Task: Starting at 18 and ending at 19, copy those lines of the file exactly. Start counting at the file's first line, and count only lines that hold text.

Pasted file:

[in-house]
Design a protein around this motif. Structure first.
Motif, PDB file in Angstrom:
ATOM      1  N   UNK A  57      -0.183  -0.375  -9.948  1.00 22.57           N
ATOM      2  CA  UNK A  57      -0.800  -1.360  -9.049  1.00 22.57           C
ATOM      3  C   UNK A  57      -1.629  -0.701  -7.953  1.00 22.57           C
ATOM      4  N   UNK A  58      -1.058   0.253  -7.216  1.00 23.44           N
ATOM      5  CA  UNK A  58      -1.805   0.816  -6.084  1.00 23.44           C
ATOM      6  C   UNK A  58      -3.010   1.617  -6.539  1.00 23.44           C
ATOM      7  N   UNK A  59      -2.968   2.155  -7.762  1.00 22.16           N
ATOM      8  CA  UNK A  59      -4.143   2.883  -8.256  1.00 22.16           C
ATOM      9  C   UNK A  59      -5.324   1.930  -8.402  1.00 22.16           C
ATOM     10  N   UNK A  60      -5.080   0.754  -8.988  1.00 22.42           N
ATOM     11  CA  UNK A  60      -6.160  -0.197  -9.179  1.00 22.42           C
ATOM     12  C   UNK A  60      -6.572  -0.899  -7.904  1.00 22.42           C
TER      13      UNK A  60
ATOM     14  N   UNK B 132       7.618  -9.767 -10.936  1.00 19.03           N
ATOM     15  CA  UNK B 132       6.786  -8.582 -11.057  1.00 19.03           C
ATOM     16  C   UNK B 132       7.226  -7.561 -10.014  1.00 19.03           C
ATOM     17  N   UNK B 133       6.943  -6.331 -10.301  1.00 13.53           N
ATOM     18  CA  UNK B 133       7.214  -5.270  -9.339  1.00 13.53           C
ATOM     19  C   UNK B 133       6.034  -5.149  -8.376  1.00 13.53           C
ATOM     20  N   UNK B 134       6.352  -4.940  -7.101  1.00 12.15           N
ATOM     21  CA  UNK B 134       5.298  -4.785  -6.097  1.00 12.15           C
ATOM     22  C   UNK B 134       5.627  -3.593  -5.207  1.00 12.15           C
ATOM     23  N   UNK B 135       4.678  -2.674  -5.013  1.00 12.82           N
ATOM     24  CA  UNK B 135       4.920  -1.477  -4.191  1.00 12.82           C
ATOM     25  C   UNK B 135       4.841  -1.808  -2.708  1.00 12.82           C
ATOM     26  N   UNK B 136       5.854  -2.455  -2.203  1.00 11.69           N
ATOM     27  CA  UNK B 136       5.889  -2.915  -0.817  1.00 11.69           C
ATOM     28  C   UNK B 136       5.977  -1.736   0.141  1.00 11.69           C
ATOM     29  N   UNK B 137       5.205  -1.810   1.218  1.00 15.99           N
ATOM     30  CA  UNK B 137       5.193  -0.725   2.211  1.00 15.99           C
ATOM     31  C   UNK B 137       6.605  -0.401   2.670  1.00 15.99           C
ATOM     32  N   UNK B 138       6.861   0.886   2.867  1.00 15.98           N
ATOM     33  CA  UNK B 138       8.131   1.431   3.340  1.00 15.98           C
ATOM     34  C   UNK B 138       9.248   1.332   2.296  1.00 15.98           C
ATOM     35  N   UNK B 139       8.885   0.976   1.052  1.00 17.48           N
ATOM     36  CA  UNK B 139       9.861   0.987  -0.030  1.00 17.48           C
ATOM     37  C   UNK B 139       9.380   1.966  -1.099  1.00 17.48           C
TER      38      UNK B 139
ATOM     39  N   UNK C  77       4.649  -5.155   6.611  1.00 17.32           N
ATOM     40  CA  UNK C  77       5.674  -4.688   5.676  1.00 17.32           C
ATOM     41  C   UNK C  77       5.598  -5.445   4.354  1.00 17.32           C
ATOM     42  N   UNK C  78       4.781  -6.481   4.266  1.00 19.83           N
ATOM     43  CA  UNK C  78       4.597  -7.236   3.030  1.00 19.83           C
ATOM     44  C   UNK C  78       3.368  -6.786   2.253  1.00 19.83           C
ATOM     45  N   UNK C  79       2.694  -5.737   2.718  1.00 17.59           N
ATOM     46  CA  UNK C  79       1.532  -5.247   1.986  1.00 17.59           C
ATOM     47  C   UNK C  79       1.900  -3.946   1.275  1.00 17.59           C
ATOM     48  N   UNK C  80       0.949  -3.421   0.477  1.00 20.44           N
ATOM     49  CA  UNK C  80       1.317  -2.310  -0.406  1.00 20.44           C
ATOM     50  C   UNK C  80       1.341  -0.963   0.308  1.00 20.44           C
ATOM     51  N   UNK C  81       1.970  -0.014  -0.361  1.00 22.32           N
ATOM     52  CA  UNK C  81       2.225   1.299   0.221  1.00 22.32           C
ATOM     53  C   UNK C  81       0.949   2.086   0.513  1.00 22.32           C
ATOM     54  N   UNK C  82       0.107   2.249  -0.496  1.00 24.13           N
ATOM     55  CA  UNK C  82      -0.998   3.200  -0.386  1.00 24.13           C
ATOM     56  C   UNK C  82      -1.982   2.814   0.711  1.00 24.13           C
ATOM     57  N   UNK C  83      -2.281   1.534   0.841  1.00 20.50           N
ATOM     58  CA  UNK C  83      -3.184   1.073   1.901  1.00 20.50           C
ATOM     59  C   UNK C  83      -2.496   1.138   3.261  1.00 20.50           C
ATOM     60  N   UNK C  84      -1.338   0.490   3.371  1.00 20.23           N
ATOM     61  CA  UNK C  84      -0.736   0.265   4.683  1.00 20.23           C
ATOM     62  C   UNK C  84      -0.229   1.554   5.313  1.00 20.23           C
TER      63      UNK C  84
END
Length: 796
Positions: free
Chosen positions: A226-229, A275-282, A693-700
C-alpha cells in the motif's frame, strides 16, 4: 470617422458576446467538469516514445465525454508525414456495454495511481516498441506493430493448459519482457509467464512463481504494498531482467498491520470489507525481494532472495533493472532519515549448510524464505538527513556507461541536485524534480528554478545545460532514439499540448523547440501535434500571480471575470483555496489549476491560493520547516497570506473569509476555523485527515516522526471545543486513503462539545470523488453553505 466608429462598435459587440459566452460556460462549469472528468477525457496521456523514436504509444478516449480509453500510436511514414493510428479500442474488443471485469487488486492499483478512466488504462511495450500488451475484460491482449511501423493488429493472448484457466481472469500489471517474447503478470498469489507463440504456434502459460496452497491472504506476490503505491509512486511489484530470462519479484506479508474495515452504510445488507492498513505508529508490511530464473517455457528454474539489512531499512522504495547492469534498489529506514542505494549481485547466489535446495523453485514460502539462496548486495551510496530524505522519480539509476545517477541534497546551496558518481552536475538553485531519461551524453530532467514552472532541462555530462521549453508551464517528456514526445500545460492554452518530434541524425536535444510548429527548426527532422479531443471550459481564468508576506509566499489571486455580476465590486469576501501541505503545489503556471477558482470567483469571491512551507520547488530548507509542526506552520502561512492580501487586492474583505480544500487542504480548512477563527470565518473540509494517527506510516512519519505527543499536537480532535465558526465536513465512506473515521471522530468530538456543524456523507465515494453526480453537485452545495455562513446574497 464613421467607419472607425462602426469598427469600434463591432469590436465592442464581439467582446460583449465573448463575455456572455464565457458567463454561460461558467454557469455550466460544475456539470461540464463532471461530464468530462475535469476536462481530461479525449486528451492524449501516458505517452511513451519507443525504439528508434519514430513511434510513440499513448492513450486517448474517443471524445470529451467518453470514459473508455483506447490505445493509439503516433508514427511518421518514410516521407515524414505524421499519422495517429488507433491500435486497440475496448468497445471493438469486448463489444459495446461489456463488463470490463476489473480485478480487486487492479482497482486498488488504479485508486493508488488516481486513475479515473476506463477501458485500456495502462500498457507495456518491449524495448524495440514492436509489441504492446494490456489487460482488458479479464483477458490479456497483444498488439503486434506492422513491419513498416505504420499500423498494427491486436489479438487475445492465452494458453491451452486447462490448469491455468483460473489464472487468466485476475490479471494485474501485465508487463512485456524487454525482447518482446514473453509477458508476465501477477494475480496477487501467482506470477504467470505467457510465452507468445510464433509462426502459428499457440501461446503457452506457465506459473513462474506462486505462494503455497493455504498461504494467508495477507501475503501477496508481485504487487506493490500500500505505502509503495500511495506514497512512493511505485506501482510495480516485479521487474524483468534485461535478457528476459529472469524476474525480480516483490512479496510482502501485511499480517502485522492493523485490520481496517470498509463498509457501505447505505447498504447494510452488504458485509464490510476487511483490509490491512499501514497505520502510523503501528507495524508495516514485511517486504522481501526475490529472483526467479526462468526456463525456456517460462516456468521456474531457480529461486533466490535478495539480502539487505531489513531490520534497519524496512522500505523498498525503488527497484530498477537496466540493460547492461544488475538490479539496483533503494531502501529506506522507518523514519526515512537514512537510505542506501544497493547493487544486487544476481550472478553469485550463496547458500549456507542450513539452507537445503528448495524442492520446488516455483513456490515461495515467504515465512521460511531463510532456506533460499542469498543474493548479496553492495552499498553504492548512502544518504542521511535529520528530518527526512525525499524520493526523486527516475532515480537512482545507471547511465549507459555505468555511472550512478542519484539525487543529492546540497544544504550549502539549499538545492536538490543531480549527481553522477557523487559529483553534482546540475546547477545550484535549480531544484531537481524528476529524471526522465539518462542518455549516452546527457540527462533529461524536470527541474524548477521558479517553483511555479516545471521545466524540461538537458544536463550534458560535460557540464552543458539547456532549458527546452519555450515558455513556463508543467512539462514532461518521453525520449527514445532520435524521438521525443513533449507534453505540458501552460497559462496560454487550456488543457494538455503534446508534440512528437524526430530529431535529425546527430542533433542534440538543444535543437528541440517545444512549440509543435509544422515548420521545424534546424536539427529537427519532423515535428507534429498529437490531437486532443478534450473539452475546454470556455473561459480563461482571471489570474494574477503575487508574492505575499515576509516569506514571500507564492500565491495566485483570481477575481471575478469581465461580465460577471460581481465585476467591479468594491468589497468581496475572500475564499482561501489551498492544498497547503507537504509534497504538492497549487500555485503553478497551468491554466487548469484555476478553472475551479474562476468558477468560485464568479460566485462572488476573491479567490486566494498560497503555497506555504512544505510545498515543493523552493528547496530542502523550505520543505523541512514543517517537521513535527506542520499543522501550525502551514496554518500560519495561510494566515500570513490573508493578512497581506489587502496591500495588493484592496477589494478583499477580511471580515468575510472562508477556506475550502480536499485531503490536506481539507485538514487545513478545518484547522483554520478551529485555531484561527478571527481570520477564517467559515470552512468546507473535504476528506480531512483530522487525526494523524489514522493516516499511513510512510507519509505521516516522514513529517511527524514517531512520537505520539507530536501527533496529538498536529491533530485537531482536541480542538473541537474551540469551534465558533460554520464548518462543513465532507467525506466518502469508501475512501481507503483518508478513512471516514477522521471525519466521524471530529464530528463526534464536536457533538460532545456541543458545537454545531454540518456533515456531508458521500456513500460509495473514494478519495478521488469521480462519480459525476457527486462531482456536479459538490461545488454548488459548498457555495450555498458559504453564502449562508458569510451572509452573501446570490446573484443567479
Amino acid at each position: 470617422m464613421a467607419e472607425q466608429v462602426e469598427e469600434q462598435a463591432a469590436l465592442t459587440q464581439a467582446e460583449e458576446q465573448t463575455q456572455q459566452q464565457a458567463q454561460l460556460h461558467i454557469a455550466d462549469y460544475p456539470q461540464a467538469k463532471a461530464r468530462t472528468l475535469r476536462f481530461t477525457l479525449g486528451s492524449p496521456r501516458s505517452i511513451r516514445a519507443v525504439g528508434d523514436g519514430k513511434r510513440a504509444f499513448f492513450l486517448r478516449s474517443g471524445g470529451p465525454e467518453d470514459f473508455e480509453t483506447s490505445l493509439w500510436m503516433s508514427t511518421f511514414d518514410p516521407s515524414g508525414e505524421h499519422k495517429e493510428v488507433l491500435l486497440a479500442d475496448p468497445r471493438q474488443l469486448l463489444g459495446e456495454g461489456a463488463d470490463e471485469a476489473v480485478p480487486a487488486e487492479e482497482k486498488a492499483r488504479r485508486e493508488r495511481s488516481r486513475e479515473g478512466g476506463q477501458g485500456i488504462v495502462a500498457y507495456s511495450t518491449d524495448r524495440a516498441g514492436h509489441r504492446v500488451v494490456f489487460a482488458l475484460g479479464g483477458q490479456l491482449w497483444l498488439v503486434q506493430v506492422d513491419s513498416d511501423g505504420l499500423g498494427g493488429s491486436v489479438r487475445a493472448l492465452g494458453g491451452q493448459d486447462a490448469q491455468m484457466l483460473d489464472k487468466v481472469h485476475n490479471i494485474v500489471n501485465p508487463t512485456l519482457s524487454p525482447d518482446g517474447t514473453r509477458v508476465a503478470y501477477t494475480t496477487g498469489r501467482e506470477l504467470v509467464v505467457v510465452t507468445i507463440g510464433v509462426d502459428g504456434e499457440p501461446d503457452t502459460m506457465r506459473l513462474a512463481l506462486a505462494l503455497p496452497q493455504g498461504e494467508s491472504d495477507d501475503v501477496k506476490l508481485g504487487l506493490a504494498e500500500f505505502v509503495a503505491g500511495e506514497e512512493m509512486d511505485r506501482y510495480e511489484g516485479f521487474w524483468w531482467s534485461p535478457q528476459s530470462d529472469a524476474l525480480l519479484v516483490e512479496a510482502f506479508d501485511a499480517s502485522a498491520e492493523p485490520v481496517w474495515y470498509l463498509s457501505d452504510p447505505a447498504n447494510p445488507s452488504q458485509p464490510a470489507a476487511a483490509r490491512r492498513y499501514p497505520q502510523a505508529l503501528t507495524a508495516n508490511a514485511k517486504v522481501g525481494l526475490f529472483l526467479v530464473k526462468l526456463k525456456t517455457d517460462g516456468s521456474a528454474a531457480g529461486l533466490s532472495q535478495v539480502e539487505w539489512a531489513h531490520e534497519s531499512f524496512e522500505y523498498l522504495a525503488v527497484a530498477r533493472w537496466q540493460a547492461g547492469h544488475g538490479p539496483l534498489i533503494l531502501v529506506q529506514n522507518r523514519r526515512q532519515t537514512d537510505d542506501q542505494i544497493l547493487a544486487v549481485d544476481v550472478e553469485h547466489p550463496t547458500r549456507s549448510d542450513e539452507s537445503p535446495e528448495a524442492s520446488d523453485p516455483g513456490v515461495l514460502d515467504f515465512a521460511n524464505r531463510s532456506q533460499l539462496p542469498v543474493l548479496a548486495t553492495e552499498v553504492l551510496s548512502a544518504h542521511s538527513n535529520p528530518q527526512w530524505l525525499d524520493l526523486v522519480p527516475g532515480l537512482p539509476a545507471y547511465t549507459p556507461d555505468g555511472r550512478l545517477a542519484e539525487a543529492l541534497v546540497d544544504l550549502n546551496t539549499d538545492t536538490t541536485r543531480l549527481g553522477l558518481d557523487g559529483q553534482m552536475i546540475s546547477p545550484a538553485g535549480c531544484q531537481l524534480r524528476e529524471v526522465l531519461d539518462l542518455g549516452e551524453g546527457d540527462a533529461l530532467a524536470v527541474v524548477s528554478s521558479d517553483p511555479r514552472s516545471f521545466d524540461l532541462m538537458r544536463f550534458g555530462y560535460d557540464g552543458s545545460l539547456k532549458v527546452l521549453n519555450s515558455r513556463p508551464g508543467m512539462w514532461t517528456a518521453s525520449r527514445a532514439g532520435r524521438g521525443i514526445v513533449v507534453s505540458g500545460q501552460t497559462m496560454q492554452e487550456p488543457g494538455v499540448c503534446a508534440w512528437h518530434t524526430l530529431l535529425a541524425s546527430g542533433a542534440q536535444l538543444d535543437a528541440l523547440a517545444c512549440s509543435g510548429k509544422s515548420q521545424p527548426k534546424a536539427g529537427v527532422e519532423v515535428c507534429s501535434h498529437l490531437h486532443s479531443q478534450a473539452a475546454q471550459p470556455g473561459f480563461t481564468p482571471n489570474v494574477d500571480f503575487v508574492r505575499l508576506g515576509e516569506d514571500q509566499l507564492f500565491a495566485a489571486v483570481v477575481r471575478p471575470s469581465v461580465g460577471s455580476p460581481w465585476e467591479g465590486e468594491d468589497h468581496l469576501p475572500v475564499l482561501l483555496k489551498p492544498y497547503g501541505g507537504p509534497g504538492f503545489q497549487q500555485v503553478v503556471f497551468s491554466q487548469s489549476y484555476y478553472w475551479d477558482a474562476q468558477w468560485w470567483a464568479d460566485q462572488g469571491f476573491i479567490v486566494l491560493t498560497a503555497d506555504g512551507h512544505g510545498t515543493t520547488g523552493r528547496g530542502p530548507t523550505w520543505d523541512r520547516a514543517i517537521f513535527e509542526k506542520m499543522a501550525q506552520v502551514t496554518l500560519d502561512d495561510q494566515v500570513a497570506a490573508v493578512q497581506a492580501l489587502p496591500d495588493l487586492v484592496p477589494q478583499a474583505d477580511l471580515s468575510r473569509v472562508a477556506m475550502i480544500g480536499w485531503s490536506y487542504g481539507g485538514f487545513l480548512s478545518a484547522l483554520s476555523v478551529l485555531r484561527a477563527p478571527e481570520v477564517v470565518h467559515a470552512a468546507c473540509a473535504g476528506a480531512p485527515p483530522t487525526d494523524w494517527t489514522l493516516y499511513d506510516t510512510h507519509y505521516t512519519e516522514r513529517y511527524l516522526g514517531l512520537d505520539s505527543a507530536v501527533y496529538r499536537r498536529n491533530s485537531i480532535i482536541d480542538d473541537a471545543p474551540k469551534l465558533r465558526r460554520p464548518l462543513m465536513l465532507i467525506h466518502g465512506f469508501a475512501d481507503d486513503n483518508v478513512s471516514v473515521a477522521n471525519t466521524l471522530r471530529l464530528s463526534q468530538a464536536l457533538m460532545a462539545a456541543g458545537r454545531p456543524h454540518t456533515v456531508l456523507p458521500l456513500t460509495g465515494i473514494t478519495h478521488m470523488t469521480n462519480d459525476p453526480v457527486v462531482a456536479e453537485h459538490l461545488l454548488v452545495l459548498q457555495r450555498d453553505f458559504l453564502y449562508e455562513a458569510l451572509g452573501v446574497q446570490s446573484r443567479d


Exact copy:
ATOM     15  CA  UNK B 132       6.786  -8.582 -11.057  1.00 19.03           C
ATOM     16  C   UNK B 132       7.226  -7.561 -10.014  1.00 19.03           C